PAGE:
KB: The journey towards Patari is littered with sweat, blood, tears and failure. We were originally trying to do a Hulu for Pakistan, a portal for Pakistani drama serials. We thought up the idea about three years and after a four-month sprint of coding, with typical blue-eyed naivety, we pitched to television networks.

Two years later, we were still knocking our heads with television networks. Despite clear potential for the platform, most of them put up absurd money tags. However, during this time we met with Faisal Sherjan, Jang Group’s Chief Strategy Officer, and now a cofounder, who took a liking to us, and us to him, and from day one he urged us to do music instead.

For two years we didn’t listen, until the grind became impossible to bear. One day, when I had just gotten off the phone with a TV Channel executive and was feeling particularly frustrated, I finally called Faisal and told him that we were doing music instead. I drew up a plan to get things going, six months later, here we are. We realised we are far more passionate about Pakistani music then we ever were for Pakistani drama serials.


The content is split into three categories: Genres, Top Charts and Moods. This makes things pretty simple: you can explore labels like Bhangra Pop, Filmi Pop, Drama OSTs, Indie and find anything ranging from Waheed Murad songs to “the greatest bands you’ve never heard of” in Genres.


IoS: Let’s talk about the core team, who else is involved and in what capacity?

KB: We have managed to assemble a killer team. 

Khalid Bajwa — That’s me, the CEO. (bats eyelashes)

Humayun Haroon — Mobile Developer and CFO-In-Making

Faisal Sherjan — Director Strategy

Iqbal Talaat — Chief Technology Officer (CTO)

Furqan Razzaq — Lead Developer

Usama Tariq — Developer 

Ahmer Naqvi — Director Of Content

Aymen Rizwan — Content Manager

Ebby Absar — Content Manager (Also the guy behind most of the playlists)

Saad Arshad — Content Manager

Imaan Shahid — Content Manager

Ayza Malik — Content Manager

Ayesha Siddiqui — Customer Engagement Manager

Maryam Raza — Customer Engagement Manager

Sarah Saifi — Customer Engagement Manager

Omer Gillani — Illustrator and Designer

Our content team, led by Ahmer is the heart and soul of this enterprise. The kind of varied music taste and expertise combined with a breathtaking passion for Pakistani music this group brings to the table is absolutely phenomenal, and their work has been to Patari.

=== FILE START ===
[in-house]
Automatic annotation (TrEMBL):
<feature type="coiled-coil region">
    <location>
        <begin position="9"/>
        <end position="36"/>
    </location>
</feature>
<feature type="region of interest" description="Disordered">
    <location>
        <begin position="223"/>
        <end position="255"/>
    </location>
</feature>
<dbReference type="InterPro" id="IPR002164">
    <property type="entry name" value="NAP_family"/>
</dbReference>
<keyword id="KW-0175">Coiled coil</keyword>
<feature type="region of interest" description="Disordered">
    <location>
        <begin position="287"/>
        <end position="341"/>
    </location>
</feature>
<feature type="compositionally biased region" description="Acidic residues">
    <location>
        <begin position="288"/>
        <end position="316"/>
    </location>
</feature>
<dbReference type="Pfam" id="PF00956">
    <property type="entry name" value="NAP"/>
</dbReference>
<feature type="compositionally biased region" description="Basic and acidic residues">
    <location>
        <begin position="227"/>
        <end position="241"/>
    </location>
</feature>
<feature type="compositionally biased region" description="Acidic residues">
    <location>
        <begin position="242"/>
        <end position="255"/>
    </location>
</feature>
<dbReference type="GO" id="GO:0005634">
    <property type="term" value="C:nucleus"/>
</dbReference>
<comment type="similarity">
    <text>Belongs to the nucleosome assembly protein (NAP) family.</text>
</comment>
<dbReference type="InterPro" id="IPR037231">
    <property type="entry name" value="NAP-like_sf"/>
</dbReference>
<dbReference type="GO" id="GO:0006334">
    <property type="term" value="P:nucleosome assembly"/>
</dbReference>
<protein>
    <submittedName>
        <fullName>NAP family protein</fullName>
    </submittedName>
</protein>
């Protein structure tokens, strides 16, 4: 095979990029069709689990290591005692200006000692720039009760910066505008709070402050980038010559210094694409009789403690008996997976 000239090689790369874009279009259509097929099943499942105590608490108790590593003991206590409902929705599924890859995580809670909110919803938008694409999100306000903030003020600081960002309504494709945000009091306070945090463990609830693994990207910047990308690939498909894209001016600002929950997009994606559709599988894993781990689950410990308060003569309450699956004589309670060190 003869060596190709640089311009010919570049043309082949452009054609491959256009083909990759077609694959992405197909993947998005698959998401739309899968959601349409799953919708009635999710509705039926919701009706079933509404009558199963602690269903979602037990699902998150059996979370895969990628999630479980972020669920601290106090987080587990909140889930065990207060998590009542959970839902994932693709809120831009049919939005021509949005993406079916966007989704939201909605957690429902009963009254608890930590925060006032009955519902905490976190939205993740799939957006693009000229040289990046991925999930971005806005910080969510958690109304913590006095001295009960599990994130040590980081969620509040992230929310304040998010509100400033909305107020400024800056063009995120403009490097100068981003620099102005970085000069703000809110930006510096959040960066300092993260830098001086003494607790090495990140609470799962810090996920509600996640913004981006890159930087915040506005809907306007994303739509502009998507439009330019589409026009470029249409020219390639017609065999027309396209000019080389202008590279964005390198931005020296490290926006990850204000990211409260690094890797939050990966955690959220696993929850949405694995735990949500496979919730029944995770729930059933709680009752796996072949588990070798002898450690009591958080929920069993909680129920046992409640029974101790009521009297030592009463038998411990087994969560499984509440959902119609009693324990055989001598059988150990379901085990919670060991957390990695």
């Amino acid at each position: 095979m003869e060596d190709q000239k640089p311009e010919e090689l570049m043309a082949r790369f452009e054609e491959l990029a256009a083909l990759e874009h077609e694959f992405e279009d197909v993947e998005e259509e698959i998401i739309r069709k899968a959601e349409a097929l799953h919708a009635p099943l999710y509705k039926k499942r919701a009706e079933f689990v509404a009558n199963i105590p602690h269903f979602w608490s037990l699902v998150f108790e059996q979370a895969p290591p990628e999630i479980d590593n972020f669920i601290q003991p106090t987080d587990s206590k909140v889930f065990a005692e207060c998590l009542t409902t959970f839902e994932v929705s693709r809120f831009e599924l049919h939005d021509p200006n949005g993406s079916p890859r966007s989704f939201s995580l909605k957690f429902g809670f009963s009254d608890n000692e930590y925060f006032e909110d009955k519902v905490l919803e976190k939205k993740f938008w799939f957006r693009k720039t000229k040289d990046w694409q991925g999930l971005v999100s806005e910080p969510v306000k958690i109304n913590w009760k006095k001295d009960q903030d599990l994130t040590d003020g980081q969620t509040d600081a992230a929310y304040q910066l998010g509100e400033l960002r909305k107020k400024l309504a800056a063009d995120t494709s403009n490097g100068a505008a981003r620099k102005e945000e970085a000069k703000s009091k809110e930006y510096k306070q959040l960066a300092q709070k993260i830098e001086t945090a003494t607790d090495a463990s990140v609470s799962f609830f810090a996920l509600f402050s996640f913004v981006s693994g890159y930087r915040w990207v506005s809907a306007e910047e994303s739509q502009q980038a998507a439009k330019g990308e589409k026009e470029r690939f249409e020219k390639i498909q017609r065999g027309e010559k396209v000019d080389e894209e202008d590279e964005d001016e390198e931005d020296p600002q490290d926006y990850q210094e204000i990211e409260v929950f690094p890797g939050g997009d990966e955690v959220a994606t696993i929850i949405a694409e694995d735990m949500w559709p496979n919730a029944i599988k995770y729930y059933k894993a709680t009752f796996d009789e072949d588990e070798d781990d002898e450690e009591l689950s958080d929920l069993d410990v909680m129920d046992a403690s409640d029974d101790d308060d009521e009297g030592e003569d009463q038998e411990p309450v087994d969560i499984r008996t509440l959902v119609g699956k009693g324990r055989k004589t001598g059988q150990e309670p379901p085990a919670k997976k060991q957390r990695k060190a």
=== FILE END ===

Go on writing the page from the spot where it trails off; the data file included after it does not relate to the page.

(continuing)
In addition, the three content engagement managers have been instrumental to Patari’s success. They are the ones who adapted and took forward in a brilliant fashion the personality we developed initially and which really caught people’s fascination. People have been raving about Patari’s customer support and these are the people who reach out to every single user and added that personal touch which has been critical to our success so far.

IoS: How do you deal with copyrights, especially given the monopoly enjoyed by certain record labels?

KB: We have about 80 labels onboard. They see potential in the revenue share model, there are a few we are still negotiating with, so it’s an ongoing process and it varies from label to label. It helps that we have the kind of traction we have had because it gives us a proof of concept to show labels that it can work, easing the process of getting them onboard.

IoS: Tell us about artist involvement, how is the response from within music circles? Are artists, indie and otherwise, receptive?

KB: It’s been almost universally positive. For too long artists in Pakistan have suffered. Television and radio give them no air time and online, there is little in way of promotion and discovery, let alone money. Therefore most artists have responded extremely positively to Patari.

At Lahore Music Meet and Storm in a Teacup, for example, we engaged with a lot of artists directly, and every single one of them told us they loved what we were doing. Every artist we have reached out to has been very enthusiastic.  Not only indie, but big mainstream artists too, who have seen the tech, government and music industry failing them. With live gigs dying out and taking away their only source of income, the music community has been very positive in reacting to Patari.